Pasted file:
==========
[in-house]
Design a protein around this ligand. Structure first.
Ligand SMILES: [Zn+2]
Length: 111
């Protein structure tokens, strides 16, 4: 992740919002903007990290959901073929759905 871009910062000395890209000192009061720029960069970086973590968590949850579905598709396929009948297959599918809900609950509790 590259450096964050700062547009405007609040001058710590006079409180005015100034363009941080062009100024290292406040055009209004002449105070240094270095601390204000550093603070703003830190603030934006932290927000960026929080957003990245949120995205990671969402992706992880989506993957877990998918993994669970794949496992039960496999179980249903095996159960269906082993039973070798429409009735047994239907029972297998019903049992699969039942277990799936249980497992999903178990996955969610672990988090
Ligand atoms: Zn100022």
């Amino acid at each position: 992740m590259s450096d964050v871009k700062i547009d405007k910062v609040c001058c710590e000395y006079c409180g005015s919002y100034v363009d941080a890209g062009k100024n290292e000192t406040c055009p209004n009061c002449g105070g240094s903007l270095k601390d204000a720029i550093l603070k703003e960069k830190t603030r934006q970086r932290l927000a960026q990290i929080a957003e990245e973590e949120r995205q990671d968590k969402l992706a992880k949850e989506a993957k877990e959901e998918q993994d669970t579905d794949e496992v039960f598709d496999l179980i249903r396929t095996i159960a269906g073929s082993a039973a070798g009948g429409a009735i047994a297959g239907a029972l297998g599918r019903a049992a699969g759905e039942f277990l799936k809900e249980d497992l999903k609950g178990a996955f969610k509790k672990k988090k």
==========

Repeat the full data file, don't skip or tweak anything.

[in-house]
Design a protein around this ligand. Structure first.
Ligand SMILES: [Zn+2]
Length: 111
């Protein structure tokens, strides 16, 4: 992740919002903007990290959901073929759905 871009910062000395890209000192009061720029960069970086973590968590949850579905598709396929009948297959599918809900609950509790 590259450096964050700062547009405007609040001058710590006079409180005015100034363009941080062009100024290292406040055009209004002449105070240094270095601390204000550093603070703003830190603030934006932290927000960026929080957003990245949120995205990671969402992706992880989506993957877990998918993994669970794949496992039960496999179980249903095996159960269906082993039973070798429409009735047994239907029972297998019903049992699969039942277990799936249980497992999903178990996955969610672990988090
Ligand atoms: Zn100022």
């Amino acid at each position: 992740m590259s450096d964050v871009k700062i547009d405007k910062v609040c001058c710590e000395y006079c409180g005015s919002y100034v363009d941080a890209g062009k100024n290292e000192t406040c055009p209004n009061c002449g105070g240094s903007l270095k601390d204000a720029i550093l603070k703003e960069k830190t603030r934006q970086r932290l927000a960026q990290i929080a957003e990245e973590e949120r995205q990671d968590k969402l992706a992880k949850e989506a993957k877990e959901e998918q993994d669970t579905d794949e496992v039960f598709d496999l179980i249903r396929t095996i159960a269906g073929s082993a039973a070798g009948g429409a009735i047994a297959g239907a029972l297998g599918r019903a049992a699969g759905e039942f277990l799936k809900e249980d497992l999903k609950g178990a996955f969610k509790k672990k988090k």